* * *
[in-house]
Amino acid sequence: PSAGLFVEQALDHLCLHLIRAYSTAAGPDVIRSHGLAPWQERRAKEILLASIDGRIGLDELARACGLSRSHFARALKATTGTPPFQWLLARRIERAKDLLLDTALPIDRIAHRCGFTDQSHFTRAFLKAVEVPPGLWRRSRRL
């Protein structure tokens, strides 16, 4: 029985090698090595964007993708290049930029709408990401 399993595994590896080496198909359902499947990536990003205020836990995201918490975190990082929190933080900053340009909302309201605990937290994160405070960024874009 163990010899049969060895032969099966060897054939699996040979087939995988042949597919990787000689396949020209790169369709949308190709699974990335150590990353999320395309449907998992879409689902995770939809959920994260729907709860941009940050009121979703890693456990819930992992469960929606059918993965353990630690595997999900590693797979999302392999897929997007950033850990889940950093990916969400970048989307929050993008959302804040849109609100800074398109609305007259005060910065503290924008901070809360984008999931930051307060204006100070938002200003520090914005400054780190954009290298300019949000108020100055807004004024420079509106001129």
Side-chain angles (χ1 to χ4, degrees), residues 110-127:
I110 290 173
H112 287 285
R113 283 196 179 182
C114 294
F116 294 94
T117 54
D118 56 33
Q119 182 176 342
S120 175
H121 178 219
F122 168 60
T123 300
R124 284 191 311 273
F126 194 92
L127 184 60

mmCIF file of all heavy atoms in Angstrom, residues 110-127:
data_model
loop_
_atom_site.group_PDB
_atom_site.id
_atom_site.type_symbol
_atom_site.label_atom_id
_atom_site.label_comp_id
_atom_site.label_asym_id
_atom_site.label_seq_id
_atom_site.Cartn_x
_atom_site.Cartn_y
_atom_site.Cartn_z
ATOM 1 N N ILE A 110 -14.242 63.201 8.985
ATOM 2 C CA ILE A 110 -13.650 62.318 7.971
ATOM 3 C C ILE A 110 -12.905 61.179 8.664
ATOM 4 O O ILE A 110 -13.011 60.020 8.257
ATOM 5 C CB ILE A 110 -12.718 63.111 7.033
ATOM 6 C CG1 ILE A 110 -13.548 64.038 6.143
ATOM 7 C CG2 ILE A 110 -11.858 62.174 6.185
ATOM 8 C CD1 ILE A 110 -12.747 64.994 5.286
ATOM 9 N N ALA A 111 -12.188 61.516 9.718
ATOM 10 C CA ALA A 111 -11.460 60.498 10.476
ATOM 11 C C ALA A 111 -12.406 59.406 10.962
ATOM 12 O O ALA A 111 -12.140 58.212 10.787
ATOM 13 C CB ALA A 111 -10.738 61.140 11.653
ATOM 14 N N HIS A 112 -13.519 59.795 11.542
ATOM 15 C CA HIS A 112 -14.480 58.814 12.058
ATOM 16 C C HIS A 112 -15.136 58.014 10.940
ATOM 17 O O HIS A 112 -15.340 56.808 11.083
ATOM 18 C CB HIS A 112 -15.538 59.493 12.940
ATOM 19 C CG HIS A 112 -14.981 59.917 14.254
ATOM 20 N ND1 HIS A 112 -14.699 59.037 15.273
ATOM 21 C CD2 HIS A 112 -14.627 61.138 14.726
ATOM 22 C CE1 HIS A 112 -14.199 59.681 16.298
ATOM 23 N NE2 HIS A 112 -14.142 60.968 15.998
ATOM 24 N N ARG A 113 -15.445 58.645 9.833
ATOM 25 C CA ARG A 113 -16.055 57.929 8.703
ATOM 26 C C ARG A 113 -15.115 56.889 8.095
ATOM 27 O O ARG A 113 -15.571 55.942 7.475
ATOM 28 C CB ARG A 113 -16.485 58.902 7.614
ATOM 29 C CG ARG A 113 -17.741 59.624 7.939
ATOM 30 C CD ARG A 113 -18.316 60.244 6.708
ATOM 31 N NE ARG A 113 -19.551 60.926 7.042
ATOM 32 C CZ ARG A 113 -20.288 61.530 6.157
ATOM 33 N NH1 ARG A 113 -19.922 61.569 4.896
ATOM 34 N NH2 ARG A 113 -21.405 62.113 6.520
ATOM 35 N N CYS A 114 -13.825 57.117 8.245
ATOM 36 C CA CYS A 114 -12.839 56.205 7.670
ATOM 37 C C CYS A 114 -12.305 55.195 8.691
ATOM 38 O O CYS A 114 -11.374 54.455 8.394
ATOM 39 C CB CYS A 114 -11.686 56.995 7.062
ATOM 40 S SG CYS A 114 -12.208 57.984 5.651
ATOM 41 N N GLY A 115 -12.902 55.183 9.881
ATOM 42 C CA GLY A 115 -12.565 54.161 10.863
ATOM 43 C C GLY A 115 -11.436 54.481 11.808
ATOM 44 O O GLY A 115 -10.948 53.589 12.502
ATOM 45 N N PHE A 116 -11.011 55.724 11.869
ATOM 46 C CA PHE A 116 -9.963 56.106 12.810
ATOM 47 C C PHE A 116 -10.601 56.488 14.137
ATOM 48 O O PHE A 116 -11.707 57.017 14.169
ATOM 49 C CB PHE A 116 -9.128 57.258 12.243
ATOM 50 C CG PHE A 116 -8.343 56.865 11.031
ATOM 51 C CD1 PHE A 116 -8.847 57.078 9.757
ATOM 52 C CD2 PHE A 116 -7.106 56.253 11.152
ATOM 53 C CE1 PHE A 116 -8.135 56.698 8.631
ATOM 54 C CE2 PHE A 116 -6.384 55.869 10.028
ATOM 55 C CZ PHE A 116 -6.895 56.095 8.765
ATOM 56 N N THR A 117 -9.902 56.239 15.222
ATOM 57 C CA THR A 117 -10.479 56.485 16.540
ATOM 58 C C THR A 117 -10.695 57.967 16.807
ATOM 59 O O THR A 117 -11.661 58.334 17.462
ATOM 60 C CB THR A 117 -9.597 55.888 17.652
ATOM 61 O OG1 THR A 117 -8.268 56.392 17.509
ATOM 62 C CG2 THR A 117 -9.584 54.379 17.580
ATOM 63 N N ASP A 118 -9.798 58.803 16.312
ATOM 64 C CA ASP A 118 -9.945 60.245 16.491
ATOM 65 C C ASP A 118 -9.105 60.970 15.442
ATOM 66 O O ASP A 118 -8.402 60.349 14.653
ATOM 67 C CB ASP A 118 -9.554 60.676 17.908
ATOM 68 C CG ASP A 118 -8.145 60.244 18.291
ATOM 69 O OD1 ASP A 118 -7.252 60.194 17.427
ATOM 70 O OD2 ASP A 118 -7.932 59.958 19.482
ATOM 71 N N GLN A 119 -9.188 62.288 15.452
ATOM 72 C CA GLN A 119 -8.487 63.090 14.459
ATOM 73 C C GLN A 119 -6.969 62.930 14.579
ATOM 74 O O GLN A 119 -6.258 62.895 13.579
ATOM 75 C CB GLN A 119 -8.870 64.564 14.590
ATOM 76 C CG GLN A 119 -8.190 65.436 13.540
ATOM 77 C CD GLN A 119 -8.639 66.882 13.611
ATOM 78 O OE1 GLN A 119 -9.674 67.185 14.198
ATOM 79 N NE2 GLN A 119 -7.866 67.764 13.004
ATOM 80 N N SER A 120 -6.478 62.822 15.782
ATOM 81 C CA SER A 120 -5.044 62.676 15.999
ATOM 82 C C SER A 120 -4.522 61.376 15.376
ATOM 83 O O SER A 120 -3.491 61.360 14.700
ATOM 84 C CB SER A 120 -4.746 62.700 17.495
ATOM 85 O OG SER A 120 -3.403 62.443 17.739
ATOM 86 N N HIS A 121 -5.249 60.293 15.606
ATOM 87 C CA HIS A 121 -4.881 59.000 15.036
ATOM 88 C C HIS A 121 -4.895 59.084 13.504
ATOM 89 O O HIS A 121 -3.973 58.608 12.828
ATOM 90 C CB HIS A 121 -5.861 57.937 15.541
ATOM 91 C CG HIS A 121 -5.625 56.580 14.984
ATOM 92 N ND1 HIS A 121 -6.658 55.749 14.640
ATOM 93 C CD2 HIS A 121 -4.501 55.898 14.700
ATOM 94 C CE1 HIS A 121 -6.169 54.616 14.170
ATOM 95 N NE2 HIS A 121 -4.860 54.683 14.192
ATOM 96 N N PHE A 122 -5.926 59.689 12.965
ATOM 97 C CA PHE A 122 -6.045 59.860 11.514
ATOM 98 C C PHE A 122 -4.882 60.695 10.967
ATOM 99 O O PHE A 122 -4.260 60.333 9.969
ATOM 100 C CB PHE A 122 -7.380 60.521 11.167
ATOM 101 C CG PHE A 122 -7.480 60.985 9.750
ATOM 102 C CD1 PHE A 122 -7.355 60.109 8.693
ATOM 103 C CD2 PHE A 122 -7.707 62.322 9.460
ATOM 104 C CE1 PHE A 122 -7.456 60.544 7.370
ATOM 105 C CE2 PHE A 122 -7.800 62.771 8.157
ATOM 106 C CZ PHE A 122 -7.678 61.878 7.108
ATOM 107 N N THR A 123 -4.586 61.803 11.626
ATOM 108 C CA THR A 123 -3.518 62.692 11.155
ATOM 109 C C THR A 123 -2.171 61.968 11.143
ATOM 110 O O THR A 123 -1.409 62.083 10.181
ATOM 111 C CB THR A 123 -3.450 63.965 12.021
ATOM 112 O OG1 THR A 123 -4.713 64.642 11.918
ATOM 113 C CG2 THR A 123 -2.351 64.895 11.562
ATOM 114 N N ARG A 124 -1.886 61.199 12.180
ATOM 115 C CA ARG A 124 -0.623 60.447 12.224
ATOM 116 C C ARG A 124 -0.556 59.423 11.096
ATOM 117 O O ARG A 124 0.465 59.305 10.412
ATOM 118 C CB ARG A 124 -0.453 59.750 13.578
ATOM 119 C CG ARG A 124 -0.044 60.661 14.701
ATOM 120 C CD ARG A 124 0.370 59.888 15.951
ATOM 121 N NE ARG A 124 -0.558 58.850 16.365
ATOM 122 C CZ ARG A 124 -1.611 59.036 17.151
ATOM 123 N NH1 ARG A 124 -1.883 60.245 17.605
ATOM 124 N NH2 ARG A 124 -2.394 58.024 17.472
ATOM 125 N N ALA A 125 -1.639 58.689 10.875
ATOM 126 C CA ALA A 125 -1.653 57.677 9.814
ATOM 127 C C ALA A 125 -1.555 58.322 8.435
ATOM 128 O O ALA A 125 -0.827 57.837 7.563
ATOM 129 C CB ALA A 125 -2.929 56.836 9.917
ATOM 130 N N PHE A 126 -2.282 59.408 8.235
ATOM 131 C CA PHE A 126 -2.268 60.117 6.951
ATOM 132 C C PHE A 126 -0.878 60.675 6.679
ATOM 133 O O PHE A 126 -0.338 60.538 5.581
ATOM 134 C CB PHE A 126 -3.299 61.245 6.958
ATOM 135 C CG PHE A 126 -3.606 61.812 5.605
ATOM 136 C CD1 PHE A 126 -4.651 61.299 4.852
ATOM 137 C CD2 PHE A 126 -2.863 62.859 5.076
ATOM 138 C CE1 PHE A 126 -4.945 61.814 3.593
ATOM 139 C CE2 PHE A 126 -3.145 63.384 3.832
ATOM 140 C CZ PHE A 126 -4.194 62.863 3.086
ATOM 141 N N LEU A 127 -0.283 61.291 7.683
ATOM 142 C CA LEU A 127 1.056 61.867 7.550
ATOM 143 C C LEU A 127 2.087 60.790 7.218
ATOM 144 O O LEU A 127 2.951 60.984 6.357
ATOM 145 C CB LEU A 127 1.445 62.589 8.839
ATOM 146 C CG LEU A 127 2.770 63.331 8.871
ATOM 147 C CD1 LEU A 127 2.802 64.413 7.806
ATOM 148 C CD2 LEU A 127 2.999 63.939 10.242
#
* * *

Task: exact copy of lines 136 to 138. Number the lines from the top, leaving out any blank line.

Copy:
ATOM 104 C CE1 PHE A 122 -7.456 60.544 7.370
ATOM 105 C CE2 PHE A 122 -7.800 62.771 8.157
ATOM 106 C CZ PHE A 122 -7.678 61.878 7.108